This makes our proof of Theorem 1.1 more geometric, as opposed to combinatorial, than previous constructions of “many” polytopes. In fact, the combinatorial types of polytopes obtained with our method may depend on choices made along the construction, for example via the choice of realizations used for the Padrol polytopes, which affects what triangulations of them are regular, or via the particular lifting vectors used for the regular triangulations.

## 2 Definitions and notation

We will follow [24] and [6] for the terminology concerning convex polytopes, point configurations, and triangulations, and we refer the reader to these references for background on these topics.

A point configuration is an ordered sequence $$P =(p _1, \ldots , p _n)\in {\mathbb {R}}^{d\times n}$$. We formally consider P a sequence rather than a set since the ordering of the points $$p_i$$ is sometimes important, but we will slightly abuse notation and write things like $$p_i\in P$$, or call the points $$p_i$$ the elements of P. In this paper we will usually assume that the points in P are distinct and in convex position, where the latter means that all of them are vertices of the polytope $$\text {conv}(P)$$. We say that P is k-neighborly if any subset of k points is the vertex set of a face of $$\text {conv}(P)$$, and just neighborly if it is $$\left\lfloor {\frac{d}{2}}\right\rfloor$$-neighborly; the latter makes sense since the simplex is the only d-polytope that is more than $$\left\lfloor {\frac{d}{2}}\right\rfloor$$-neighborly.

A triangulation T of P is a simplicial complex on a subset of [n] such that

1. (i)

$${\bigcup _{F\in T}} \text { conv}(\left\{ {p_i}|{i\in F}\right\} ) = \text {conv}(P)$$,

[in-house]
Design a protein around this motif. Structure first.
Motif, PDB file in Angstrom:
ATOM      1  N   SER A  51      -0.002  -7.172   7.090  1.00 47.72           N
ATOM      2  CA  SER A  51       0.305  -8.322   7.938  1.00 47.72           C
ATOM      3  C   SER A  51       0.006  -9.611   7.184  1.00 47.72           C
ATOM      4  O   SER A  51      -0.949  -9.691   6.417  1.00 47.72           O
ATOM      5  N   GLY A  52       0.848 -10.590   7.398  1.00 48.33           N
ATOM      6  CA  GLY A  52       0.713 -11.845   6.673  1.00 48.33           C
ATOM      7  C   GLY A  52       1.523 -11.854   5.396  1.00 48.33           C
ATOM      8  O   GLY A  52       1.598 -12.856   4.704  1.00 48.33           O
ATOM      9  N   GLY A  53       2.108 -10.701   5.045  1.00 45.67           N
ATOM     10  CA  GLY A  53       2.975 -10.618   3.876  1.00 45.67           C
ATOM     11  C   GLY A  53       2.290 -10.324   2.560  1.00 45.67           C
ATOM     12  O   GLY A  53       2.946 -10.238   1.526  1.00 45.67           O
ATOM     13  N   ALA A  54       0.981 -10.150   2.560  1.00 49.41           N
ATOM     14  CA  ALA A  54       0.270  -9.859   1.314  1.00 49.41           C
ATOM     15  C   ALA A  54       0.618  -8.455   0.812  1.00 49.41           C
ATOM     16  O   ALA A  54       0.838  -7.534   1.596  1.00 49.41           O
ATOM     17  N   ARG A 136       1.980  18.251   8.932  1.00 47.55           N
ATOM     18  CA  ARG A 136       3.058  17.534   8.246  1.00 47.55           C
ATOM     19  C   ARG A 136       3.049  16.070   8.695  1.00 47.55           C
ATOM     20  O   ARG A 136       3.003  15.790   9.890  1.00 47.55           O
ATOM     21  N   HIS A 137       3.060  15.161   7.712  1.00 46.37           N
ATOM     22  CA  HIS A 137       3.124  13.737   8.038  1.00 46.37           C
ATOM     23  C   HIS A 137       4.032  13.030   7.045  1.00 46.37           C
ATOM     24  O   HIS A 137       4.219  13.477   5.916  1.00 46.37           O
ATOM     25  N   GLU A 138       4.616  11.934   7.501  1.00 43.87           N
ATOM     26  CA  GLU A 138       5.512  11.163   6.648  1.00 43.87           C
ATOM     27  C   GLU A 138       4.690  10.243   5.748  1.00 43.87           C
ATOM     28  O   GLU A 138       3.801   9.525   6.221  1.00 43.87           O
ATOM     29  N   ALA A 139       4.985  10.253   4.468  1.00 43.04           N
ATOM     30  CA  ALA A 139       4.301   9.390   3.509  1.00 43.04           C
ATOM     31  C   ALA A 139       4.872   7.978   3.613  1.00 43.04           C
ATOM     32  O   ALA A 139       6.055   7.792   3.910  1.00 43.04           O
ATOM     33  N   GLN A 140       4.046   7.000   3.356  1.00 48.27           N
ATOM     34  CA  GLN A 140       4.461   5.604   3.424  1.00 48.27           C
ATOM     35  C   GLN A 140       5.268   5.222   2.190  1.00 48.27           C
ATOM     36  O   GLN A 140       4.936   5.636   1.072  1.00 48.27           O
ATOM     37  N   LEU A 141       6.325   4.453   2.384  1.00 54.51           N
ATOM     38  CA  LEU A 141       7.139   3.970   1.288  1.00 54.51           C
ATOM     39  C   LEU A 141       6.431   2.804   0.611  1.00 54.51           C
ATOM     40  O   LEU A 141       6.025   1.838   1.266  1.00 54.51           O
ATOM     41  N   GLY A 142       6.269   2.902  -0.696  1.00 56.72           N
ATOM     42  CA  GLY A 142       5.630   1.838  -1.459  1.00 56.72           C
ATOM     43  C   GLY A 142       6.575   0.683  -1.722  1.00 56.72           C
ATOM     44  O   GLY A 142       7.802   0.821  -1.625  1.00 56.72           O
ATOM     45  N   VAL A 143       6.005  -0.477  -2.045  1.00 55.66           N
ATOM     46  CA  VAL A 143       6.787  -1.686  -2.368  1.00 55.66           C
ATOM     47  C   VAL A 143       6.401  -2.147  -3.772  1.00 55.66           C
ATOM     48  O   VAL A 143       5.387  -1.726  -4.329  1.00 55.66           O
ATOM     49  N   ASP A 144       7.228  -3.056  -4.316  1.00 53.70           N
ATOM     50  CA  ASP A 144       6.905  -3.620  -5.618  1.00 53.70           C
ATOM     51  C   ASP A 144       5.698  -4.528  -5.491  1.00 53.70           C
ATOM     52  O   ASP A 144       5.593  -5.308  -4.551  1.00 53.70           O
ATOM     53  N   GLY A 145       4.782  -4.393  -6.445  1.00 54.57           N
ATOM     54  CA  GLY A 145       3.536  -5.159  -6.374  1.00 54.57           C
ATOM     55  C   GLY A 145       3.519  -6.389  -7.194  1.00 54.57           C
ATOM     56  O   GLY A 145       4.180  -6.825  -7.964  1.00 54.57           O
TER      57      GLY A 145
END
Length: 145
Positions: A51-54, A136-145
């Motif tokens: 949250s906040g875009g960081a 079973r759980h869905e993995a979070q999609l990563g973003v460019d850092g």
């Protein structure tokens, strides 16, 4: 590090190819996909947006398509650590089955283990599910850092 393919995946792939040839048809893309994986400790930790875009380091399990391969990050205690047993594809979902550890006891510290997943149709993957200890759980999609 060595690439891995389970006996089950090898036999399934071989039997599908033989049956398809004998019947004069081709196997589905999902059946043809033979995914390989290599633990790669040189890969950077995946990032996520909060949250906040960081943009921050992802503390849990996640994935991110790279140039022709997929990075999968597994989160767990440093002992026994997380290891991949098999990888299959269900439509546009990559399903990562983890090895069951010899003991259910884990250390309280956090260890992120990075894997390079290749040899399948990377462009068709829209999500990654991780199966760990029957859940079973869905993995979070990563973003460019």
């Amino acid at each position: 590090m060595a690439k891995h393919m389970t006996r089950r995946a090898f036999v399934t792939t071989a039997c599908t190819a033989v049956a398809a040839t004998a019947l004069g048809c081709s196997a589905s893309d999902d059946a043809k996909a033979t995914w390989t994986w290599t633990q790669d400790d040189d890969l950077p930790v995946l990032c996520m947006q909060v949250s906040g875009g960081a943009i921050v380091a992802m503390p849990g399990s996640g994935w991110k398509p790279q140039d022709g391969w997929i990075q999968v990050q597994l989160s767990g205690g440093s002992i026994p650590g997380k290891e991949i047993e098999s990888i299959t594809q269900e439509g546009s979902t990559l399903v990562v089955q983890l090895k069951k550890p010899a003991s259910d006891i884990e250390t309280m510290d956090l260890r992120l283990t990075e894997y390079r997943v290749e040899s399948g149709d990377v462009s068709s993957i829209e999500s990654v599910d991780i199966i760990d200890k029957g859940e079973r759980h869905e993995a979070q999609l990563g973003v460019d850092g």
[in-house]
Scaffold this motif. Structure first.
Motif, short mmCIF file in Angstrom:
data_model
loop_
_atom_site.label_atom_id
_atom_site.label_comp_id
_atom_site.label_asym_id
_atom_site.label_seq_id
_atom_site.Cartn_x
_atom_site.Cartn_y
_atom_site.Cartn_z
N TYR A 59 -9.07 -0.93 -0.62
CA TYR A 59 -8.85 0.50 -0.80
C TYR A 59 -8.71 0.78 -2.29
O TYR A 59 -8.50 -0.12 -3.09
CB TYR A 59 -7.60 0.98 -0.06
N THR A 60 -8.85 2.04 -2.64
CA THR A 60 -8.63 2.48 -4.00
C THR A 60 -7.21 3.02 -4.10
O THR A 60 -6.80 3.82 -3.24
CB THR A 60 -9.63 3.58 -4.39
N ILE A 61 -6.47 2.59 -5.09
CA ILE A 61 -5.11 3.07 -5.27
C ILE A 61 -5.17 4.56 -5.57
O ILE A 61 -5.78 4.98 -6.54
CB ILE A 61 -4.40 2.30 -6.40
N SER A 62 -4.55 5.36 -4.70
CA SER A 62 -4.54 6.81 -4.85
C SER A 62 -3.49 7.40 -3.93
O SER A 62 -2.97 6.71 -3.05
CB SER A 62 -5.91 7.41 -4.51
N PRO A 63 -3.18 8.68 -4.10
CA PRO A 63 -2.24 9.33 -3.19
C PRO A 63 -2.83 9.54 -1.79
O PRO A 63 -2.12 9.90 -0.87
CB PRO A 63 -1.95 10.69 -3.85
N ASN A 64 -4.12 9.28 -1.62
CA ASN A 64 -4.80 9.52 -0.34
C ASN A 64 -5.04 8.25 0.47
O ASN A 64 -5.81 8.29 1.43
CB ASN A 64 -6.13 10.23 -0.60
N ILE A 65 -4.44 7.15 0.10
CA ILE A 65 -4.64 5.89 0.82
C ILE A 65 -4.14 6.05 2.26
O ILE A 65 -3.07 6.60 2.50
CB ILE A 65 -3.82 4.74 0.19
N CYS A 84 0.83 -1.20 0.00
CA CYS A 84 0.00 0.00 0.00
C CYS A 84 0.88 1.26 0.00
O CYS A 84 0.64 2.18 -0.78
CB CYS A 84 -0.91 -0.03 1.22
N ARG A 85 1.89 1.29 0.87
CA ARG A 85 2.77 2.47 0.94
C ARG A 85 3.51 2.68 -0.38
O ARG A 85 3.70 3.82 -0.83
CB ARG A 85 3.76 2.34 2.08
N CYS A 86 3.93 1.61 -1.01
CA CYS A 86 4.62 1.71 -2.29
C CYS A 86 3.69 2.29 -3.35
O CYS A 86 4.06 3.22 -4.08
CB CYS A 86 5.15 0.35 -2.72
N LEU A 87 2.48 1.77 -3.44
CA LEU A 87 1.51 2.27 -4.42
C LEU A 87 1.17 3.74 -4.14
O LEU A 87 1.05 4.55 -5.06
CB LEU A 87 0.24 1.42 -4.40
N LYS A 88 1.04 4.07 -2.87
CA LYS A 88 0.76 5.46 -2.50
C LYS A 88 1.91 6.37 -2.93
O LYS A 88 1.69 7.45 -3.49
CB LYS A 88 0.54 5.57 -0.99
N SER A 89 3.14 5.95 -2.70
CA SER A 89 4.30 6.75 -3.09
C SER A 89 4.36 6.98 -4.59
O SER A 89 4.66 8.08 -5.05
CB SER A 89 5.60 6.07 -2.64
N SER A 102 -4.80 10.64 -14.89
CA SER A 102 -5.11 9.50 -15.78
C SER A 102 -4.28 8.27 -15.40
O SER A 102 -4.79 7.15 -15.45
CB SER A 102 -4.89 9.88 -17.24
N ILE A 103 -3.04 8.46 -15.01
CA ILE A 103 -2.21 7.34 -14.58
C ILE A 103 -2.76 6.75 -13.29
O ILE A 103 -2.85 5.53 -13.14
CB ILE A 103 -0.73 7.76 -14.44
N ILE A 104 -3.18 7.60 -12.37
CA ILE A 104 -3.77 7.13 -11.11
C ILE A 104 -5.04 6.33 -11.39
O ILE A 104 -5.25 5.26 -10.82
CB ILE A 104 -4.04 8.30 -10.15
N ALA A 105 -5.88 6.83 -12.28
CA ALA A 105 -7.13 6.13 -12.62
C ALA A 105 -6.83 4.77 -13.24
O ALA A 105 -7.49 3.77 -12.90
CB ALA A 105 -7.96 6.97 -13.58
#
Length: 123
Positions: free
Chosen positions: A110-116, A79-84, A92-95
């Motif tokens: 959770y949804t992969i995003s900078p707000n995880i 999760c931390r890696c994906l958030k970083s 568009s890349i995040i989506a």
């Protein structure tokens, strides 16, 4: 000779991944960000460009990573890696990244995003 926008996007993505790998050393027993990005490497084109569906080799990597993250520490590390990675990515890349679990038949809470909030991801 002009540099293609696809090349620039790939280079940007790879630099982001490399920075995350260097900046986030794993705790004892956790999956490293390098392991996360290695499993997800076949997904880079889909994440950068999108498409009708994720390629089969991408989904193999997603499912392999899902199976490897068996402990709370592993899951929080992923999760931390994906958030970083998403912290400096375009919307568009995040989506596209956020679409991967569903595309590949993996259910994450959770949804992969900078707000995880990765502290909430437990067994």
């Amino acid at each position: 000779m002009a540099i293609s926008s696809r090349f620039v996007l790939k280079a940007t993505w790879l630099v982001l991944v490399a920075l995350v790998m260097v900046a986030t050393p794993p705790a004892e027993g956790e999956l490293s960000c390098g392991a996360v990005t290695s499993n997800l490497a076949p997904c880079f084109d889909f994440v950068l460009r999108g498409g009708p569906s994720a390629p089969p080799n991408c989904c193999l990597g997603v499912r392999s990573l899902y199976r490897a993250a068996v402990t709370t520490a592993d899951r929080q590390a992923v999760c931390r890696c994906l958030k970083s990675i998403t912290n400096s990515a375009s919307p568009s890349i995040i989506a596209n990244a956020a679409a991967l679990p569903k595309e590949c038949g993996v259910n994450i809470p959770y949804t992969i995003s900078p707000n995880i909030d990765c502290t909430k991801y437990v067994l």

2. (ii)

for all $$F, F'\in T$$, $$\text {conv}(\left\{ {p_i}|{i\in F}\right\} )\cap \text {conv}\big (\left\{ {p_i}|{i\in F'}\right\} \big )$$ is a common face of $$\text {conv}(\left\{ {p_i}|{i\in F}\right\} )$$ and $$\text {conv}\big (\left\{ {p_i}|{i\in F'}\right\} \big )$$.

More generally, a subdivision of P is a collection T of subsets of [n], closed under taking faces (if $$F\in T$$ then the set of indices of points in P in a face of $$\text {conv}(\left\{ {p_i}|{i\in F}\right\} )$$ must be in T too), that fulfills the two conditions above. See [6, Sec. 2.3] for details.

A subdivision T of P is regular if there is a lifting vector $$w \in {\mathbb {R}}^{[n]}$$ such that for any $$F\in T$$, $$\text {conv}(\left\{ {(p_i, w(i))}|{i\in F}\right\} )$$ is a lower face of $$\text {conv}(\left\{ {(p_i, w(i))}|{i\in [n]}\right\} )$$. Here, we call a face F of a polytope P in $${\mathbb {R}}^{d+1}$$ lower if its outer normal cone contains a vector with last coordinate negative. That is, if there is a functional $$c\in {\mathbb {R}}^{d+1}$$ with $$c_{d+1}<0$$ that is maximized on F. We denote $${\mathcal {T}}(P)$$ the set of regular triangulations of P. For a triangulation T, we call cells its maximal faces. (These are sometimes called facets, but we reserve the word facet for facets of a polytope).